Goal setting is an important strategy to aim towards success – both for teachers to set goals for their class and for students to set individual positive goals which are achievable. Goals need to be specific, identifiable, reasonable, relevant and the outcome observed. In other words, they are:
S = Specific
M = Measurable
A = Attainable
R = Relevant, Rigorous, Realistic, and Results Focused
T = Timely and Trackable
= SMART Goals
They take a bit of practice to get it right.
Specify a date, what will be achieved and what the benefit will be:
By (date) …
I will (what you wish to achieve) …
so that (why this is of benefit to self or your organisation
Here is an example of a SMART goal a teacher sets for a student:
Topic: Increasing sight vocabulary
Michael will increase the number of ‘tricky words’ that he reads from flash cards to 30 by week 6 term 4 with 100% accuracy on every occasion. (Leading to being able to read these words in texts)
For such a goal to be achievable, it would be necessary to apply intervention for example:
- Daily practice and revision of target words on flash cards.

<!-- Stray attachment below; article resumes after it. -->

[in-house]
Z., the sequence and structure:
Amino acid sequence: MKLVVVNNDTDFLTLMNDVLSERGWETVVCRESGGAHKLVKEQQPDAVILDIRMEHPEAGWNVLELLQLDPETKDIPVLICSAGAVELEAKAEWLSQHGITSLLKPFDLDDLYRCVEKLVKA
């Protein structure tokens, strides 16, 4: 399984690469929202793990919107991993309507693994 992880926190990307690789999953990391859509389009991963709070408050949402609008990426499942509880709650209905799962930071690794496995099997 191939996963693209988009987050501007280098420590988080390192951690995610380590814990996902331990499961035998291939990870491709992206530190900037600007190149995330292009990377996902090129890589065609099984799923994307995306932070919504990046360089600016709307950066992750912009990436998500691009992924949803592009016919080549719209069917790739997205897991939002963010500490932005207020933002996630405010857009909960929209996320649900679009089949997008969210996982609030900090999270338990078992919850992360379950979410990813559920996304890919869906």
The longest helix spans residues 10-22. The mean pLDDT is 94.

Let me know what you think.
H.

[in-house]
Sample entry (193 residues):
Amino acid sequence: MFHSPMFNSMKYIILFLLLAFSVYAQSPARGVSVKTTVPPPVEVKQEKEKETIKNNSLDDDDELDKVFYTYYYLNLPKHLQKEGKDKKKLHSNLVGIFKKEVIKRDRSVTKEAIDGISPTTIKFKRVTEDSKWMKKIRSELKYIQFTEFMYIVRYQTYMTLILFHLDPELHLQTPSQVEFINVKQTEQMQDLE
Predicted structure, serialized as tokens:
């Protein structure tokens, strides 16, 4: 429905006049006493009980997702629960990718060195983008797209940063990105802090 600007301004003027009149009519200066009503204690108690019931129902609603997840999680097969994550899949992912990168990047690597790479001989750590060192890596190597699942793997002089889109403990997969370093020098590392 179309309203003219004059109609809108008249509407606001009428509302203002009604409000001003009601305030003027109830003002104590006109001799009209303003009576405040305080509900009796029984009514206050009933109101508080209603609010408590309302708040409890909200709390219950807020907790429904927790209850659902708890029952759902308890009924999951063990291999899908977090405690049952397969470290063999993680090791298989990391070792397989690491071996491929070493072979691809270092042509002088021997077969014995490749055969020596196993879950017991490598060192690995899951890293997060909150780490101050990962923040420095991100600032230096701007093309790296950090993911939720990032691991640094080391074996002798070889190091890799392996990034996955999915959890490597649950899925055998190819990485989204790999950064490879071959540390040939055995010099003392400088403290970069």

- Present some of the target words in a text daily. (All words covered by end of each week)
- Play a game with the target words like bingo/memory/go fish daily.
- Provide parents with a copy of the words to practice at home.
SMART Goals can also be written to assist students in following procedures and managing behaviour. For example,
Peter will comply by following verbal instructions given one to one by the teacher during form class.
- Whole class is given visual prompt for following instructions.
- Positive, explicit instructions are given to Peter and what is to be done
- Allow time for Peter to process the information
- Check understanding by repeating instruction
More information on writing SMARTer goals can be found here.